I wake early and I sit in the same spot on the sofa.
I spend the very first moments sitting and sometimes I think that if I moved, I would break the spell.
I never knew a tree could cast a spell.
From over three decades living in the city, with occasional trips to parks, I was never enchanted by such quiet audacity. There were many beautiful encounters with trees in the North but none like this.
She was a gift from a friend grown from a seed. She was a little sapling that Mikey and I planted near our house. We wanted her to be close. To be able to love her through it – the process of getting used to the land and the elements. We didn’t have much luck with some other trees we planted.
But there must have been more than enough sun, more than enough water, more than enough space, and more than enough love.
I love her wildness. The wildness of a tree that comes into your living room like an unexpected but welcome guest. The wildness of a tree where the leaf is bigger than a small child.
Every morning I sit and she takes up more space, more of my view, more of my attention. She blurs the line of home and garden.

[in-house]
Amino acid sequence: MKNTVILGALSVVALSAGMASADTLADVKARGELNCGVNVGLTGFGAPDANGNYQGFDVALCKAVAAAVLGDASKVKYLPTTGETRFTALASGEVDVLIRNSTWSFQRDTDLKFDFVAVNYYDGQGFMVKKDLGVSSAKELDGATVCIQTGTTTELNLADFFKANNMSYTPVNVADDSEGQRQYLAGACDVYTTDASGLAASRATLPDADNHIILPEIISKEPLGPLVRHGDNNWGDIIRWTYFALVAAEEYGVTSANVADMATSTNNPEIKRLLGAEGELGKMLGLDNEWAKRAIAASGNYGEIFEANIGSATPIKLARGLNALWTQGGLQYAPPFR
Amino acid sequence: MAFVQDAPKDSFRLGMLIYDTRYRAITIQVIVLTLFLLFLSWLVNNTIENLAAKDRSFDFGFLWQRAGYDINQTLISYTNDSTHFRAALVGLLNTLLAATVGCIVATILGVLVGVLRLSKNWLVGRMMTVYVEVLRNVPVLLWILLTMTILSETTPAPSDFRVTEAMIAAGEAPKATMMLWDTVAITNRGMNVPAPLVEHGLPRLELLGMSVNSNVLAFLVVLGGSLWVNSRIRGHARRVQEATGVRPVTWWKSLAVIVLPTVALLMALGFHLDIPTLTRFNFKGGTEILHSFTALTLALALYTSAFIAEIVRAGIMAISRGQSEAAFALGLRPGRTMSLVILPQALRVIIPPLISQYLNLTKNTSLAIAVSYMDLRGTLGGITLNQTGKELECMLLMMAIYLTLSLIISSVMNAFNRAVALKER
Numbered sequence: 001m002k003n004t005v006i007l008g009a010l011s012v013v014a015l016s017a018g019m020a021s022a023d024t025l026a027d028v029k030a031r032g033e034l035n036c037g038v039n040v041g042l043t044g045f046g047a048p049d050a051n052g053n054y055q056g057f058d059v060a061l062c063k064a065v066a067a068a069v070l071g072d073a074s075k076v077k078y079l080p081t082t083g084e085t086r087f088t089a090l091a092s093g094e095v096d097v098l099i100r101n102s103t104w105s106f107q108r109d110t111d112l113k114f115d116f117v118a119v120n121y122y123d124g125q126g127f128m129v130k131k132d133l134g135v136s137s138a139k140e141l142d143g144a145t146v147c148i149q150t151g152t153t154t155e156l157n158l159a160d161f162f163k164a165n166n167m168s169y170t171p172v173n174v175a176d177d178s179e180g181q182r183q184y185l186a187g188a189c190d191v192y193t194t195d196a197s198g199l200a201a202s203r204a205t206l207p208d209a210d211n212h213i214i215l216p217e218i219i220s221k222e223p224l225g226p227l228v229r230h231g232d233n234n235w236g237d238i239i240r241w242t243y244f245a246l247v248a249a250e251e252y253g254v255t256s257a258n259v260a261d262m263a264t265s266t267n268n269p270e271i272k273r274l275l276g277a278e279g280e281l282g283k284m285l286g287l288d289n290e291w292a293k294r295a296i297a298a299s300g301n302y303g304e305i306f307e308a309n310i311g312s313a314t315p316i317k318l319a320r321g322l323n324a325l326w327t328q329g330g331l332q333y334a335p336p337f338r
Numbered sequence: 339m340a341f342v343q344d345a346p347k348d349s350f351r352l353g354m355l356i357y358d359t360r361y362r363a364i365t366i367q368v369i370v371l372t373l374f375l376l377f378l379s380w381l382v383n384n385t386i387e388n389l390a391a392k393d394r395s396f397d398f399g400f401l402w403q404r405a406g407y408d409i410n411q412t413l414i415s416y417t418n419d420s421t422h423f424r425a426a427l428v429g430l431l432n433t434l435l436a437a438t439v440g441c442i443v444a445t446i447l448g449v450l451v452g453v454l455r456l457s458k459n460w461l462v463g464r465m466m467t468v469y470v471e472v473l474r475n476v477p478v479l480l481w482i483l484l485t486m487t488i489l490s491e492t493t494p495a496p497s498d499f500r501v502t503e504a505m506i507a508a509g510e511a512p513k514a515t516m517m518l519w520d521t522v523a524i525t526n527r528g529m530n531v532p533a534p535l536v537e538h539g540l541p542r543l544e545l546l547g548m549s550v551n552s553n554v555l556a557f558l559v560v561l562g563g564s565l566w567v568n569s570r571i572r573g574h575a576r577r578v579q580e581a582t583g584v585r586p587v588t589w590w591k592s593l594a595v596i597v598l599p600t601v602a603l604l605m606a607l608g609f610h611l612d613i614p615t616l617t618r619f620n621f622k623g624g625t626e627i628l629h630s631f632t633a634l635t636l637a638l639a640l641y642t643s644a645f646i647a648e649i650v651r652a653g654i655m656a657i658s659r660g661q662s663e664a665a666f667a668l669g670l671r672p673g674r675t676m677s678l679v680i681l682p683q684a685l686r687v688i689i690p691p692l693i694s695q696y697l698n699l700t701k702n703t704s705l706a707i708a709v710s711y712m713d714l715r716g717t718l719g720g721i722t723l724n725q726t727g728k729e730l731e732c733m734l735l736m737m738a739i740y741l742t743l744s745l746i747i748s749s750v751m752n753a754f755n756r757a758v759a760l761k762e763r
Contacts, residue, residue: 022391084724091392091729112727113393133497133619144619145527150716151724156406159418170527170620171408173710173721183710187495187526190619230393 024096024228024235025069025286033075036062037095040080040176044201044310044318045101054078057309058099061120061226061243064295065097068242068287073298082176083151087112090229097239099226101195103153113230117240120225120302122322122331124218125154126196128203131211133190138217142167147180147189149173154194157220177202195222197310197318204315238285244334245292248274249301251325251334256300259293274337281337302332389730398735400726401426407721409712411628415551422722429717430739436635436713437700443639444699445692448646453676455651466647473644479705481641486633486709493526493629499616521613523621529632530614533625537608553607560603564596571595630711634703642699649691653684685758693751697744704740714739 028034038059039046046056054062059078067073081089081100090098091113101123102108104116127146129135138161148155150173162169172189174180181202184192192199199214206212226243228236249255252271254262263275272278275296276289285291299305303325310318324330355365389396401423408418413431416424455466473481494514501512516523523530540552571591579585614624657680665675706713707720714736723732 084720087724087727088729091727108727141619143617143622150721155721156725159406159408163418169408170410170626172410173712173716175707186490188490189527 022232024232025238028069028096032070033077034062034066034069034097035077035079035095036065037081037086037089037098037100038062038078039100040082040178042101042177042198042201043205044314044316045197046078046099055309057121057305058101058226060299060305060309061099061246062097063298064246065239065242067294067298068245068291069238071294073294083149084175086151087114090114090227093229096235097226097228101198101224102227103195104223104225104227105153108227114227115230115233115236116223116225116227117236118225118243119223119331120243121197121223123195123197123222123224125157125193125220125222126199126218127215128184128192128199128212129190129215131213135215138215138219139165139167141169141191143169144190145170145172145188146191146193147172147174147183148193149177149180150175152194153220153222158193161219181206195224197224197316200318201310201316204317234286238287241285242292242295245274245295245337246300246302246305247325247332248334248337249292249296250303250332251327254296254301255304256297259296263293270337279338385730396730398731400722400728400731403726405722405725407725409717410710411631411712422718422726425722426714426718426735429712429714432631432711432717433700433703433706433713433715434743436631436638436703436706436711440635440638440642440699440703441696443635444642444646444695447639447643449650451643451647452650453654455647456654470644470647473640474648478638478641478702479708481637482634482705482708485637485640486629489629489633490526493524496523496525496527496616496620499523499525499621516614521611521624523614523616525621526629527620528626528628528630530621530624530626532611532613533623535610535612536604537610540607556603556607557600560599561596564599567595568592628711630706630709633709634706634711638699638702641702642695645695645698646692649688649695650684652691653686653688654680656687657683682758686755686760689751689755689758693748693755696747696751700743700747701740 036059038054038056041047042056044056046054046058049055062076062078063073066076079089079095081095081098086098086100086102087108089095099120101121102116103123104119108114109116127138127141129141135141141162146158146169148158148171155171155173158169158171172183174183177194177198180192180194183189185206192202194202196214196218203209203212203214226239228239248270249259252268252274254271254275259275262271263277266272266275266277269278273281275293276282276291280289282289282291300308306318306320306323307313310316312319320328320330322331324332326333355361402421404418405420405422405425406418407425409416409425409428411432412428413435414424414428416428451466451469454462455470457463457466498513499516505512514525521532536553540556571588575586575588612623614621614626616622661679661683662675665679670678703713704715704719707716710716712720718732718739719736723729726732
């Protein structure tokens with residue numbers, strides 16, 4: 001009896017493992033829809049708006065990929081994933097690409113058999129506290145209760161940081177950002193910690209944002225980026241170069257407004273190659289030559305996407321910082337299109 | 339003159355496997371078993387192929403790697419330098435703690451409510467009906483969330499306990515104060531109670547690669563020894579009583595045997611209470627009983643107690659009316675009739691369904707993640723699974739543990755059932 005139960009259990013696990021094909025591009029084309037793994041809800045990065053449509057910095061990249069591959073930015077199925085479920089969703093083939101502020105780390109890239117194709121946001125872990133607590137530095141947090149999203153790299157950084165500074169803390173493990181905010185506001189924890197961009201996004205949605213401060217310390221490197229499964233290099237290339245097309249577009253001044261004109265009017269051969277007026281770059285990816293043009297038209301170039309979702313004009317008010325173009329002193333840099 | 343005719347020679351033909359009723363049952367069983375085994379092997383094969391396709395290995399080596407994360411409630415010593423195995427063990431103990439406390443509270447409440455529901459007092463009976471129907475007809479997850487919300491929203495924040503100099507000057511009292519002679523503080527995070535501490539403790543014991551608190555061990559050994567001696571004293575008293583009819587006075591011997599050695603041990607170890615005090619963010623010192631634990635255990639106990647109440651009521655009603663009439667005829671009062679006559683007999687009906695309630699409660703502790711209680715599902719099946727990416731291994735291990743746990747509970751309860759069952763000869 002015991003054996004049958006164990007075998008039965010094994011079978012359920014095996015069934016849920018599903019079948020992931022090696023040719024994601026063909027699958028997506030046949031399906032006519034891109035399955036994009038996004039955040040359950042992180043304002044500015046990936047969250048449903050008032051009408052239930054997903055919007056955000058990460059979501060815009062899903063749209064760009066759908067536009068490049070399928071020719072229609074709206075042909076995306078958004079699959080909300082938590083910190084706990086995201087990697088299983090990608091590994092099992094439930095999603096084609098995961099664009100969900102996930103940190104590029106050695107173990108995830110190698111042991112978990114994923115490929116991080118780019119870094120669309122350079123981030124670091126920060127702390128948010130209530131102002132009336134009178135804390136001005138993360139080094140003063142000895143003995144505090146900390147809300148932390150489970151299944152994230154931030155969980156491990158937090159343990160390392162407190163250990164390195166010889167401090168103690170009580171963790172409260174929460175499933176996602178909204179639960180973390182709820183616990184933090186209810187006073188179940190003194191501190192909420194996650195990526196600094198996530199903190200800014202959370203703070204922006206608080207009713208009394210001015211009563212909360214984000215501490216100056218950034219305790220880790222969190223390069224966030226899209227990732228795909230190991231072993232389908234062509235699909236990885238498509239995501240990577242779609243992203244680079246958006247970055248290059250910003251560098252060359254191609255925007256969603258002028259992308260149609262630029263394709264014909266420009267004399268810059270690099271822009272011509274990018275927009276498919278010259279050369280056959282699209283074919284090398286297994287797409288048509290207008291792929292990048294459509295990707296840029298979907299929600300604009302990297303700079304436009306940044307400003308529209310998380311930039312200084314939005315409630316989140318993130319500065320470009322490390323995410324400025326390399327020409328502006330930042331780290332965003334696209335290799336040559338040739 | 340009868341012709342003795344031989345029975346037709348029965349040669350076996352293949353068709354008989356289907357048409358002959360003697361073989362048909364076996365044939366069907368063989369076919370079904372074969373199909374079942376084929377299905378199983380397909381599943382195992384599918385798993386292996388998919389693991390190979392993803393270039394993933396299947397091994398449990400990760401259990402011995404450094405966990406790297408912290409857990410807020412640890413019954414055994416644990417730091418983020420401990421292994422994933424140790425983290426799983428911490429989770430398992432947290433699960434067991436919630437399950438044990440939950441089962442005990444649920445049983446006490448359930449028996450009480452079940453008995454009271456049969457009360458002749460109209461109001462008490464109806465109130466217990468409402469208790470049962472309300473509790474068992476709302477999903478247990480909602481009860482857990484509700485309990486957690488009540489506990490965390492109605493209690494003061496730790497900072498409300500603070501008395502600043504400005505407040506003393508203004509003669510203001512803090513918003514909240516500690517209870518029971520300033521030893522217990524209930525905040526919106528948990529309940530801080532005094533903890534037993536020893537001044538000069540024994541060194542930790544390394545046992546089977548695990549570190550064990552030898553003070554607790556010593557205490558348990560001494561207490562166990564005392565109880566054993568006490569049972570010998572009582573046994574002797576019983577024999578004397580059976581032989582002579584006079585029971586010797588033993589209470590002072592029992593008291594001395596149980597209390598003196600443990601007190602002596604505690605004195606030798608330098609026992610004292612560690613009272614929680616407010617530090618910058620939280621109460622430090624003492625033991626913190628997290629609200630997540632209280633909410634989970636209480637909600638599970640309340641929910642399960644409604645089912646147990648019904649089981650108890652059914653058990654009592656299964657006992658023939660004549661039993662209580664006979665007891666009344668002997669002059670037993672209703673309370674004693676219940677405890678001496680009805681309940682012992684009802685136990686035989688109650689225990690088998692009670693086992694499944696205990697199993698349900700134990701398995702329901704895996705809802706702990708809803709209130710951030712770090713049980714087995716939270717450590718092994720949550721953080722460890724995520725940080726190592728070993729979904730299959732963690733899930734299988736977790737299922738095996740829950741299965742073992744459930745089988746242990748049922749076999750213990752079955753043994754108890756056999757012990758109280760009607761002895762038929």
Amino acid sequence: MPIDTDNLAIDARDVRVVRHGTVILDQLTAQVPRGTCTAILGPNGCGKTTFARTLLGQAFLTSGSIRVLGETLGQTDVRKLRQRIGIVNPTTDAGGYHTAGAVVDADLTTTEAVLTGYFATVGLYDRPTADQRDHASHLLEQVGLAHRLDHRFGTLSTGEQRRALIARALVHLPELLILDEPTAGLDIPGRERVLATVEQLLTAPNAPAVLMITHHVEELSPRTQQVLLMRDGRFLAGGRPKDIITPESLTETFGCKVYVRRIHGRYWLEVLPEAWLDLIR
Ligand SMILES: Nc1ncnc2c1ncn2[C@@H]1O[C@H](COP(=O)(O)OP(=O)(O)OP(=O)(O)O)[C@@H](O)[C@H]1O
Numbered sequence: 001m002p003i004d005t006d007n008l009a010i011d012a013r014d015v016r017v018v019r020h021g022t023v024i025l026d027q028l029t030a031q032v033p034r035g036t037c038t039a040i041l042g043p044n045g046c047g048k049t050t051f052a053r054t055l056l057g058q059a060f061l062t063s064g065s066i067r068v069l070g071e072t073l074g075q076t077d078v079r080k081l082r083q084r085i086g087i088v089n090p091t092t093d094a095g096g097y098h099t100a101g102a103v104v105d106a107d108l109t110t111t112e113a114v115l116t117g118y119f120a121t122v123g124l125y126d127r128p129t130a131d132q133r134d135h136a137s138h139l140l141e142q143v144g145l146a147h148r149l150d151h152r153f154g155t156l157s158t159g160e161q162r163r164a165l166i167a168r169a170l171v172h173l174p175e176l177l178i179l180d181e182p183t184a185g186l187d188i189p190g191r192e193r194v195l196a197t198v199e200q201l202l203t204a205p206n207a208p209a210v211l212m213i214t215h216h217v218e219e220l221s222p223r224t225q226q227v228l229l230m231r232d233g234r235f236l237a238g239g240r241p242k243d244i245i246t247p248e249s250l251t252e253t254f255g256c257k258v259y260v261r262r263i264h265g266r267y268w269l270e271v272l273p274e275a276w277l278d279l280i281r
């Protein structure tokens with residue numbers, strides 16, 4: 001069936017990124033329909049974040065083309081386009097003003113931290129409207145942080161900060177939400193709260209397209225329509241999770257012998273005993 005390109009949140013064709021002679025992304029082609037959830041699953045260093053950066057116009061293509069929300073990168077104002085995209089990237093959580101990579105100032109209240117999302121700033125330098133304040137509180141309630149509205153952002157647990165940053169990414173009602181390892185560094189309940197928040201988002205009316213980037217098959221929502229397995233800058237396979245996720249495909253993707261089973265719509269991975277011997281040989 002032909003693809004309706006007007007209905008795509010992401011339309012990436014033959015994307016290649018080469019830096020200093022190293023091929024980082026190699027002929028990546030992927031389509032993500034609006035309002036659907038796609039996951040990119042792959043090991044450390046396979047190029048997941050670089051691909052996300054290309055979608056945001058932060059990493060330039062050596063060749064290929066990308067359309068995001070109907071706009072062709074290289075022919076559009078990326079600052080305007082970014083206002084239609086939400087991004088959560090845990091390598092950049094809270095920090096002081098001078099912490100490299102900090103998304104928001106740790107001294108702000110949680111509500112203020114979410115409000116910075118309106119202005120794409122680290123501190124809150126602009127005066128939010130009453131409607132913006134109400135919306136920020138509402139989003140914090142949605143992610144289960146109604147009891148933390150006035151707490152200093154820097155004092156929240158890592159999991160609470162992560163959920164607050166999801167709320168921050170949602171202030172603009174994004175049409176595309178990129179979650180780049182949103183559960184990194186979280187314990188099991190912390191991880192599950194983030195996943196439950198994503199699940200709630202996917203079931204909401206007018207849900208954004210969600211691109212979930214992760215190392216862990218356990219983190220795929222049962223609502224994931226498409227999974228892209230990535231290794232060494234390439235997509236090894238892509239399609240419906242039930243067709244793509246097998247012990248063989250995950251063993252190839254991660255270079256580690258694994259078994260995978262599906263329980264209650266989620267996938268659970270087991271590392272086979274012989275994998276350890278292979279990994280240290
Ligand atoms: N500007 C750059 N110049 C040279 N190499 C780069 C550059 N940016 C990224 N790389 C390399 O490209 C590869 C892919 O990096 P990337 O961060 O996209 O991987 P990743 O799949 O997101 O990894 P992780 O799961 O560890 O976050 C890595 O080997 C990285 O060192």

She is the tree of the Mary Oliver poem that I never met until now:
When I am among the trees
By Mary Oliver
When I am among the trees,
especially the willows and the honey locust,
equally the beech, the oaks and the pines,
they give off such hints of gladness.
I would almost say that they save me, and daily.
I am so distant from the hope of myself,
in which I have goodness, and discernment,
and never hurry through the world,
but walk slowly, and bow often.
Around me the trees stir in their leaves
and call out, “Stay awhile.”
The light flows from their branches.
And they call again, “It’s simple,” they say,
“and you too have come
into the world to do this, to go easy, to be filled
with light, and to shine.”
So she casts the spell to stay and I stay.
I stay long enough to imagine how easy it could be.
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